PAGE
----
The Office of Special Counsel has 15 days from today to decide whether the disclosure shows a “substantial likelihood of validity.”

“If so, the Special Counsel is supposed to direct the Secretary of Interior to conduct a formal investigation into systemic violations,” PEER said. “If the violations are confirmed it could result in the reimbursement of unauthorized payments as well as punishment for responsible Reclamation officials.”

More documents from PEER:

Oregon chub to be removed from T&E list

 Posted by on February 18, 2015
Feb 182015
 

The Oregon chub has recovered sufficiently to warrant removal from the list of threatened and endangered species, the Fish and Wildlife Service has announced.

Recovered — the Oregon chub (FWS photo)

A final rule is scheduled for publication in the Federal Register on Thursday, Feb. 19. It says:

“The Oregon chub (Oregonichthys crameri) is endemic to the Willamette River drainage of western Oregon. Extensive human activities in the Willamette River Basin (e.g., dams, levees, and other human development within the floodplain) have substantially reduced the amount and suitability of habitat for this species. Improved floodplain management and floodplain restoration by multiple conservation partners has reduced and mitigated adverse human-related impacts and resulted in significant improvements to habitat quality and quantity. As a result, threats to the Oregon chub have been largely ameliorated.”

Proposed delisting (2/6/14) and regulatory docket

Feb 172015
 

NOAA Fisheries (aka NMFS) will propose to expand critical habitat for “endangered North Atlantic right whales in the northwestern Atlantic Ocean, including areas that will support calving and nursing,” according to a news release.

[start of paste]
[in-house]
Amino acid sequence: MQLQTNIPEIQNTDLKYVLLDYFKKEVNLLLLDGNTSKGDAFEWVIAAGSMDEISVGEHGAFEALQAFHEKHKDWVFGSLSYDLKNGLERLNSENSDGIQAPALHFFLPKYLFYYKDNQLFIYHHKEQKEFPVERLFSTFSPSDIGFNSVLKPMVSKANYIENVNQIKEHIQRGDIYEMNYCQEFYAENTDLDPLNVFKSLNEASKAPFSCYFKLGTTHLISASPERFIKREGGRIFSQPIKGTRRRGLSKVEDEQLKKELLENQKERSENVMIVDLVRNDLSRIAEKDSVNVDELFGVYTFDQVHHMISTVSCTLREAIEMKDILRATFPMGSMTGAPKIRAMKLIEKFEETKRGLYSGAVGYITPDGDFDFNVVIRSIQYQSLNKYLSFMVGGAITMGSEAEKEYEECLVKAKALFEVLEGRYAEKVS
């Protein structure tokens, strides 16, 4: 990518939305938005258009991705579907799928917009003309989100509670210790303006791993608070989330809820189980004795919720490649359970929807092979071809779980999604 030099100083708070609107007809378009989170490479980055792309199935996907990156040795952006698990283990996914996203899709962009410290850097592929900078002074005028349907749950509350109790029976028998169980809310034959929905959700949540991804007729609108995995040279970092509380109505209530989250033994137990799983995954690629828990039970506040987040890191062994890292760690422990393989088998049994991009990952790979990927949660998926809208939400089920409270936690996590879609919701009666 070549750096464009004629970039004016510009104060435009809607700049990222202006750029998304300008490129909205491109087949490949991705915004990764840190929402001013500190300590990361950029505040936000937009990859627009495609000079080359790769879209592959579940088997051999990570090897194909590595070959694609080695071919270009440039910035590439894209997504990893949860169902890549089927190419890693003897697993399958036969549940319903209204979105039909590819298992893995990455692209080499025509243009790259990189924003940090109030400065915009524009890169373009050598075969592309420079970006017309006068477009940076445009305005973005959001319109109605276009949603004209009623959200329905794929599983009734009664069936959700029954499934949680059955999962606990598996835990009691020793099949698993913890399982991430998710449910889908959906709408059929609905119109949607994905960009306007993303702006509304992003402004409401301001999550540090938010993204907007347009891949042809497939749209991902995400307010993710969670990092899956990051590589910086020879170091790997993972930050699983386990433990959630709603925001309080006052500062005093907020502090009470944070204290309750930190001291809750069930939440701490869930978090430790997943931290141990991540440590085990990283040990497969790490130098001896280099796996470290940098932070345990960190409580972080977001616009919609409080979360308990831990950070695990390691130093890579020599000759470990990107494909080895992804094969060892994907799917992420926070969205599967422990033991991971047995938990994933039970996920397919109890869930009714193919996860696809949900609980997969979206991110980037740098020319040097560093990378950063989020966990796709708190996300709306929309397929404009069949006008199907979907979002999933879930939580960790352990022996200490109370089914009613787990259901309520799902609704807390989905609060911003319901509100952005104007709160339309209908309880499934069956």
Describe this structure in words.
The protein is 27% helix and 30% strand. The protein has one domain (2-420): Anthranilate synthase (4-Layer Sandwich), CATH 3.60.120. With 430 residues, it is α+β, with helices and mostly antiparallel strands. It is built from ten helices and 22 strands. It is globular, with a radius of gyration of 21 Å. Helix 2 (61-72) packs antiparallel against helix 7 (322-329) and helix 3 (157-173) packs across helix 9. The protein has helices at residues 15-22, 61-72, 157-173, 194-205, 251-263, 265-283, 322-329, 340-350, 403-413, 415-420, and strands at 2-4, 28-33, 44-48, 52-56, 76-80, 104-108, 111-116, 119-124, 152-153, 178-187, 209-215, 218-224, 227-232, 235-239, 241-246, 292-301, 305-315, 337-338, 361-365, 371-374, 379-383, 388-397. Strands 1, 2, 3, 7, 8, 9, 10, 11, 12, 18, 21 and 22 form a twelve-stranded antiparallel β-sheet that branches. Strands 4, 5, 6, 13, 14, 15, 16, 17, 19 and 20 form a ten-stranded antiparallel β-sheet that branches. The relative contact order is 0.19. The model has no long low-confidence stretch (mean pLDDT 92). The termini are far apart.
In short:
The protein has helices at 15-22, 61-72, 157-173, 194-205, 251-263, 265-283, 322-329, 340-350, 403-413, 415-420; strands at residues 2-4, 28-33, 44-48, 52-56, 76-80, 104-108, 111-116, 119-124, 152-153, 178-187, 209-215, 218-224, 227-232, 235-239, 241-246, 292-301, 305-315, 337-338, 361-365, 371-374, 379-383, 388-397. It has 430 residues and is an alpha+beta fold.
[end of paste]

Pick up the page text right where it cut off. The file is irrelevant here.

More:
“The area, proposed in compliance with a court order, would expand the critical habitat to roughly 29,945 square nautical miles, and include northeast feeding areas in the Gulf of Maine/Georges Bank region and calving grounds from southern North Carolina to northern Florida.”

NMFS said in its news release that it had issued the proposal Feb. 13, but it has not been published yet in the Federal Register or released online. The public comment period will not start until that happens.

Center for Biological Diversity release

Docket, with nothing in it yet

Right whale information from NMFS

Feb 172015
 

All FR notices, this year

Update: The NMFS staffer referred to below got back to me: “Thank you Steve, I am trying to get it fixed now. I will pass along your suggestion on emails.” Thank you! My admiration for the men and women in the civil service just went up a notch.

Just a side note to NMFS from ESWR editor Steve Davies: Howzabout putting your email addresses in your notices? That way I could have told you that the listing petition link in your damselfish finding doesn’t work (See below for a working link.) I know, I know, I should let such minor annoyances fly from my consciousness like a John Wall-led fast break. However, when agencies get something wrong in FR notices, they are often forced to correct them — which costs them time (and perhaps, a little bit of their, and our, precious money). Emails using about seven permutations of the NMFS staffer’s name in the damselfish notice have bounced back.